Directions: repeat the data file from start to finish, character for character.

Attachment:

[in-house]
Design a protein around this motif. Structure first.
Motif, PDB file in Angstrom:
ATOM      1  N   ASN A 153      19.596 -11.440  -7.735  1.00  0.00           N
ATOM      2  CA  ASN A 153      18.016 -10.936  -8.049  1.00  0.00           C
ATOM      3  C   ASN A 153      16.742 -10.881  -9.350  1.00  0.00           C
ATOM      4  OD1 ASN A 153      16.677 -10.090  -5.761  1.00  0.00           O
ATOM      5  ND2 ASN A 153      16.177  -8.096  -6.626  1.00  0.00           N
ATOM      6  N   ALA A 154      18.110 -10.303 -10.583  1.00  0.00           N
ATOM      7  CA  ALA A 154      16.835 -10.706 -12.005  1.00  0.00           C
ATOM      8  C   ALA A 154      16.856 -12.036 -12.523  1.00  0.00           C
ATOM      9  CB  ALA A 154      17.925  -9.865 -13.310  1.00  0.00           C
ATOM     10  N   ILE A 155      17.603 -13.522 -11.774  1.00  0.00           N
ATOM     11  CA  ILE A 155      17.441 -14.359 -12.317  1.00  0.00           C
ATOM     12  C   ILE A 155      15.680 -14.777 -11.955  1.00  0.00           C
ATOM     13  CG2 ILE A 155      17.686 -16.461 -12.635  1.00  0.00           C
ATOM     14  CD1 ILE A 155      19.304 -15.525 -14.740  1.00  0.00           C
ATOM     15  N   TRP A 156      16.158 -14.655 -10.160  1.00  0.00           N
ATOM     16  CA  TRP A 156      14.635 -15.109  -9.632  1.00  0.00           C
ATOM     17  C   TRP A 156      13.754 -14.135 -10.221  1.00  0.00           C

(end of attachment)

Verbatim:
[in-house]
Design a protein around this motif. Structure first.
Motif, PDB file in Angstrom:
ATOM      1  N   ASN A 153      19.596 -11.440  -7.735  1.00  0.00           N
ATOM      2  CA  ASN A 153      18.016 -10.936  -8.049  1.00  0.00           C
ATOM      3  C   ASN A 153      16.742 -10.881  -9.350  1.00  0.00           C
ATOM      4  OD1 ASN A 153      16.677 -10.090  -5.761  1.00  0.00           O
ATOM      5  ND2 ASN A 153      16.177  -8.096  -6.626  1.00  0.00           N
ATOM      6  N   ALA A 154      18.110 -10.303 -10.583  1.00  0.00           N
ATOM      7  CA  ALA A 154      16.835 -10.706 -12.005  1.00  0.00           C
ATOM      8  C   ALA A 154      16.856 -12.036 -12.523  1.00  0.00           C
ATOM      9  CB  ALA A 154      17.925  -9.865 -13.310  1.00  0.00           C
ATOM     10  N   ILE A 155      17.603 -13.522 -11.774  1.00  0.00           N
ATOM     11  CA  ILE A 155      17.441 -14.359 -12.317  1.00  0.00           C
ATOM     12  C   ILE A 155      15.680 -14.777 -11.955  1.00  0.00           C
ATOM     13  CG2 ILE A 155      17.686 -16.461 -12.635  1.00  0.00           C
ATOM     14  CD1 ILE A 155      19.304 -15.525 -14.740  1.00  0.00           C
ATOM     15  N   TRP A 156      16.158 -14.655 -10.160  1.00  0.00           N
ATOM     16  CA  TRP A 156      14.635 -15.109  -9.632  1.00  0.00           C
ATOM     17  C   TRP A 156      13.754 -14.135 -10.221  1.00  0.00           C